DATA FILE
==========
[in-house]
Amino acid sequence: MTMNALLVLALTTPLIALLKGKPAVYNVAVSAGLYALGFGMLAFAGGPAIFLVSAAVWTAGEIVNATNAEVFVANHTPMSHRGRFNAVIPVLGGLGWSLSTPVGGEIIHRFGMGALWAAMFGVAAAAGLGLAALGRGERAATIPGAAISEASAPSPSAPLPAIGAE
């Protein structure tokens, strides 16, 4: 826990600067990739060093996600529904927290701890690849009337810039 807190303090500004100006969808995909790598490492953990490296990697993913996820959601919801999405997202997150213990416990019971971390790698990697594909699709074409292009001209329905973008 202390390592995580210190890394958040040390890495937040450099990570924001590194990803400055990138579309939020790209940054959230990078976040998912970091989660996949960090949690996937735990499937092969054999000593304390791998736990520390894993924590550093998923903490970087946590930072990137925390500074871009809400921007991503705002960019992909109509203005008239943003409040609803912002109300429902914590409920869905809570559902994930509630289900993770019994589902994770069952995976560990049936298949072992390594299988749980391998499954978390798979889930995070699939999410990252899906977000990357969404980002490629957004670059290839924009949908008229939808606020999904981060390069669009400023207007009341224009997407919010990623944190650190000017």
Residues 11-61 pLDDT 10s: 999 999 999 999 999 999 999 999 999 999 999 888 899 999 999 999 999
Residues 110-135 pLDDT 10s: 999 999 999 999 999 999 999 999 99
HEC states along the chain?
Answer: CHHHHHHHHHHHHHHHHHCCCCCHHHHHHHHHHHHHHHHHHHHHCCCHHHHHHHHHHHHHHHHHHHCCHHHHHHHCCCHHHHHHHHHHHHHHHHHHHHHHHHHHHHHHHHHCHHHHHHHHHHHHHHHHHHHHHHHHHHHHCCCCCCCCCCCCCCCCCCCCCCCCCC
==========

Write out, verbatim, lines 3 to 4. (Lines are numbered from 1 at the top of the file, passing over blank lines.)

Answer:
């Protein structure tokens, strides 16, 4: 826990600067990739060093996600529904927290701890690849009337810039 807190303090500004100006969808995909790598490492953990490296990697993913996820959601919801999405997202997150213990416990019971971390790698990697594909699709074409292009001209329905973008 202390390592995580210190890394958040040390890495937040450099990570924001590194990803400055990138579309939020790209940054959230990078976040998912970091989660996949960090949690996937735990499937092969054999000593304390791998736990520390894993924590550093998923903490970087946590930072990137925390500074871009809400921007991503705002960019992909109509203005008239943003409040609803912002109300429902914590409920869905809570559902994930509630289900993770019994589902994770069952995976560990049936298949072992390594299988749980391998499954978390798979889930995070699939999410990252899906977000990357969404980002490629957004670059290839924009949908008229939808606020999904981060390069669009400023207007009341224009997407919010990623944190650190000017």
Residues 11-61 pLDDT 10s: 999 999 999 999 999 999 999 999 999 999 999 888 899 999 999 999 999